One of the things (OK, the many things) I can be persnickety about is what to call whatever it is that I write here when I write about books. I call the results “posts,” not “reviews,” not because I consider a book review a limited or limiting form (not by definition, anyway, though in practice published reviews are very often limited, in scope if in nothing else) but because when I’m writing what I think of as a review I feel accountable, both to the book and to the implied audience. As a bare minimum, that accountability means reading every word in the book scrupulously, and then crafting a narrative about it that is very carefully considered. No review is authoritative in any absolute sense, of course, but when I’m wearing my Official Reviewer hat I aspire to a certain kind of confidence in my understanding of the book I’m writing about. Here, in contrast, I can write whatever I want, no matter how inadequate my understanding might be. My blog posts are narratives of my own reading experience, and so I’m answerable only for being honest and thoughtful about that.
This is probably a lot of unnecessary fuss about terminology. I don’t disagree at all with Dorian that a review is really just any “reckoning with a text.” Yet, however irrationally, the label I use matters to me because giving myself permission to write has always been a challenge. I know it is for many academics, because we are trained to be pretty sure we know what we’re talking about before we say anything. Up to a point, or in the right context, this is as it should be, but it’s also really inhibiting–and contributes to the epidemic of imposter syndrome, I’m sure. Blogging has helped me get comfortable with writing that is exploratory, not necessarily assertive, and certainly not authoritative. Many of my favorite posts were written when I didn’t understand what I’d read or couldn’t make sense of a reading experience. I don’t have to work through those limitations before writing a blog post (something I would try to do before writing a review)–I can work through them in a blog post.
That’s an awfully long preamble to these remarks about Mary McCarthy’s The Group, which my book club met yesterday to discuss. As you might have predicted, I was putting off getting to the book until I’d said all that other stuff because I did not do a good job reading it, and as a result I wasn’t sure I should write about it. But then I remembered that I was blogging about it, not reviewing it, and so it’s okay for me to admit that and write about it anyway! If you want commentary by someone who is much better informed about The Group, I highly recommend this series of posts by Andrew Seal (a former Valve colleague of mine); I also really liked this article on McCarthy by B.D. McClay, which was actually one of the reasons I suggested The Group for my book club in the first place.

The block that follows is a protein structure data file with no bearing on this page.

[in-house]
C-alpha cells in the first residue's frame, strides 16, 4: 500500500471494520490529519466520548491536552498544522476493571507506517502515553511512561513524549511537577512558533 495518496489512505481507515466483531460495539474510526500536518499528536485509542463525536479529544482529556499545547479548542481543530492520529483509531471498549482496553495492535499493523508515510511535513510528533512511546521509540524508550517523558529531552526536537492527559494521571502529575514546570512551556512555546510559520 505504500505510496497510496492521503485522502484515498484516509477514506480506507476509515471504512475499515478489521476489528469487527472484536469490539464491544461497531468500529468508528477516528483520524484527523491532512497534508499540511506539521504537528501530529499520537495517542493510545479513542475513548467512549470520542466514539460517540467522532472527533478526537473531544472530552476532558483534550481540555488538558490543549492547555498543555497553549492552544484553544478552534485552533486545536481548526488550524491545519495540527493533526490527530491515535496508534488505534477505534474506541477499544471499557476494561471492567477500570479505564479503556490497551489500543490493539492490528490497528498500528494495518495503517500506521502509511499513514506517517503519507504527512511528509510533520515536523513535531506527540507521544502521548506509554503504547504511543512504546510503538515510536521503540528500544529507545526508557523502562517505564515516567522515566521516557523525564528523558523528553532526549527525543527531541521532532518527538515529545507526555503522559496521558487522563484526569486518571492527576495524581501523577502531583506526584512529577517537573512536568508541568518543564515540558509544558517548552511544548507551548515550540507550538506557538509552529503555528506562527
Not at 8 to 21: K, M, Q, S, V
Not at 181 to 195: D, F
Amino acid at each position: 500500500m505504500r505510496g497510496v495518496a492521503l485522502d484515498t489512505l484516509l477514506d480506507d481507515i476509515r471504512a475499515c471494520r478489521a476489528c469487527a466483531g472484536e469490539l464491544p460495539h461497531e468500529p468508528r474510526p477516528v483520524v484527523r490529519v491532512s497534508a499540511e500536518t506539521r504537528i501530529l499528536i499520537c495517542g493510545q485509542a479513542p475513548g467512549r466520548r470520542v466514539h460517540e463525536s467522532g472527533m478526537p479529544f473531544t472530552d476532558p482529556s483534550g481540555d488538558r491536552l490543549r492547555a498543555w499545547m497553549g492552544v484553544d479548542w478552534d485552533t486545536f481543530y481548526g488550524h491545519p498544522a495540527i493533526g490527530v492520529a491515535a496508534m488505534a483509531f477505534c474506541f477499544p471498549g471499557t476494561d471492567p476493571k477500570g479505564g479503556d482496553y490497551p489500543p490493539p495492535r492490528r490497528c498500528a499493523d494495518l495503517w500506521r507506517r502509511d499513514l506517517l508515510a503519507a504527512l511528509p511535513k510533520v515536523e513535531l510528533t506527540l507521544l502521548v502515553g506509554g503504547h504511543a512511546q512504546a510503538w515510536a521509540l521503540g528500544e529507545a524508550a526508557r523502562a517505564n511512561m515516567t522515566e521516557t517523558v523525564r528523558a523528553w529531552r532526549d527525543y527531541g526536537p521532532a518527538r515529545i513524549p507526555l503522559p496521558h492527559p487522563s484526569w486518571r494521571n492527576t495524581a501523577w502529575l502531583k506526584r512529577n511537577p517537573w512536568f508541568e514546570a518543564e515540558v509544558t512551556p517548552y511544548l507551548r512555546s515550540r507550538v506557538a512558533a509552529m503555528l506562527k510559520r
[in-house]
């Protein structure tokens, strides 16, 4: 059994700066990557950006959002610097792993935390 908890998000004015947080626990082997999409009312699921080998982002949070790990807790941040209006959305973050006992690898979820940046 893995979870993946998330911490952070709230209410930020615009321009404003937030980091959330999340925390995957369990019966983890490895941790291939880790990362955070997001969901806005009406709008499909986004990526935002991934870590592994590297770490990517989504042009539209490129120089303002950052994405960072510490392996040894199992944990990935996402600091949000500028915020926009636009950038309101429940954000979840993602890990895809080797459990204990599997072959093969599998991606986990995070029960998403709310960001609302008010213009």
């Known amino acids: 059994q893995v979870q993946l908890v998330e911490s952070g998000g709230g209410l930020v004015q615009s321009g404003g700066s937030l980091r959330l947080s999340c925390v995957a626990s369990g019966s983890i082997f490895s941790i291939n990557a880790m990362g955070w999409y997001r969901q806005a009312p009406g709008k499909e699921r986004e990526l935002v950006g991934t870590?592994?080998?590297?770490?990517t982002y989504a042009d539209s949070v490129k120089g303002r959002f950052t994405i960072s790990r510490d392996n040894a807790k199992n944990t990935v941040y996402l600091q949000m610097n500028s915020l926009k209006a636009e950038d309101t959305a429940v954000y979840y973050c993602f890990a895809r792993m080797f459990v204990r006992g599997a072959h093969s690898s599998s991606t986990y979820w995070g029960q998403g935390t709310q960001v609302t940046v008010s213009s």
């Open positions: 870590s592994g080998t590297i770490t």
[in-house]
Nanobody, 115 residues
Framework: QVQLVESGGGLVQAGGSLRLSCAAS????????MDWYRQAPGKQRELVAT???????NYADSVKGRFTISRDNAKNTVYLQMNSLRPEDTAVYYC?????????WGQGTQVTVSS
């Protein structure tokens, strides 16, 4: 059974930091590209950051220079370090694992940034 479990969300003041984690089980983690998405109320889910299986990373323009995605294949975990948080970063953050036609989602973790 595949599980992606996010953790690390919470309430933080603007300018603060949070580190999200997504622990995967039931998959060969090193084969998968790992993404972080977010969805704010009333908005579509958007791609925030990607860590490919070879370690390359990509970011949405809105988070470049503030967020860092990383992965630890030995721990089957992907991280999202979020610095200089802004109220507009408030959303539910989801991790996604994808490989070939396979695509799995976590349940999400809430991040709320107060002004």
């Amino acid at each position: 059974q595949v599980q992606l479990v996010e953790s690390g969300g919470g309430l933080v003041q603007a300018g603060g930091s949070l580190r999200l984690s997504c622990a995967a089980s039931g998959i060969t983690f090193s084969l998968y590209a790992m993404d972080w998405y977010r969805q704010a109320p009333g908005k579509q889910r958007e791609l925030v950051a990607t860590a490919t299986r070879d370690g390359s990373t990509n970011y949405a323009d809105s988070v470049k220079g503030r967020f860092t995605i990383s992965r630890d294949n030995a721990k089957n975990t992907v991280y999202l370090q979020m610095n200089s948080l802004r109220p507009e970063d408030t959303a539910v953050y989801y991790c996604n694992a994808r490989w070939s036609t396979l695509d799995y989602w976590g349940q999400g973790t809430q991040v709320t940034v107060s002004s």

I didn’t hate The Group. Well, actually I did, at first: on Twitter I called it “nearly unreadable,” and that accurately describes how I felt about the first few chapters. It was a combination of the tone, the claustrophobic social setting, and the dense, unbroken paragraphs. Everybody I met in the novel seemed profoundly unpleasant; I thought I might be driven to complaining that nobody in the novel was “relatable” … the horror!
I never had a conversion moment, but I’m glad I persisted with my reading, not just because it meant I could show my face at my book club but also because the book did turn out to be better than my first impressions of it. My experience improved as I got more used to the style–but I also gave myself permission to skim some of the relentless cascade of details that made up so many of those dense paragraphs. I understand that this may seem precious coming from a Victorianist! I tried to put my finger on what made McCarthy’s exposition seem so long and unpleasant to me in spite of my love for long and excessively detailed 19th-century novels, and I think it’s the same thing that made me recoil from most of her characters: she treats everything, and everyone, so coldly. Ultimately a lot about The Group is very sad, in some cases even tragic, but the novel has none of the humanity, none of the compassion, that its own stories could reasonably summon up. The word ‘sociological’ came up a lot in our book club discussion, and by and large we’d all found her depiction of her women’s lives interesting. But there’s something clinical about each of the women’s stories, with McCarthy observing them shrewdly, scrupulously, often wittily, but never sympathetically.
I’m not sure if I liked the second half of the book better than the first because I adjusted to (or compensated for) McCarthy’s prose or because I liked the later characters better. Libby’s story was the first one that really engaged me, for the not especially good reason that I’m interested in writing and publishing, and that whole world has a sordid kind of glamour to me as a result. At my book club we were unanimous in liking Polly’s story the best; her relationship with her father is perhaps the only tender one in The Group, and her marriage also seemed like a respite from the acidity of the novel’s other relationships. (I should say that overall everyone else was quite enthusiastic about the novel–listening to them explain why helped me appreciate it better.) Kay’s reappearance in her story in a very different situation made me rethink my earlier reactions to her and her marriage, and the novel’s ending also made me realize that I had missed something of the forest because I was focusing too hard on the individual trees.
So. This (therefore) will not have been a book review, but it is something of a reckoning with my experience of reading one particular, unexpectedly ornery book.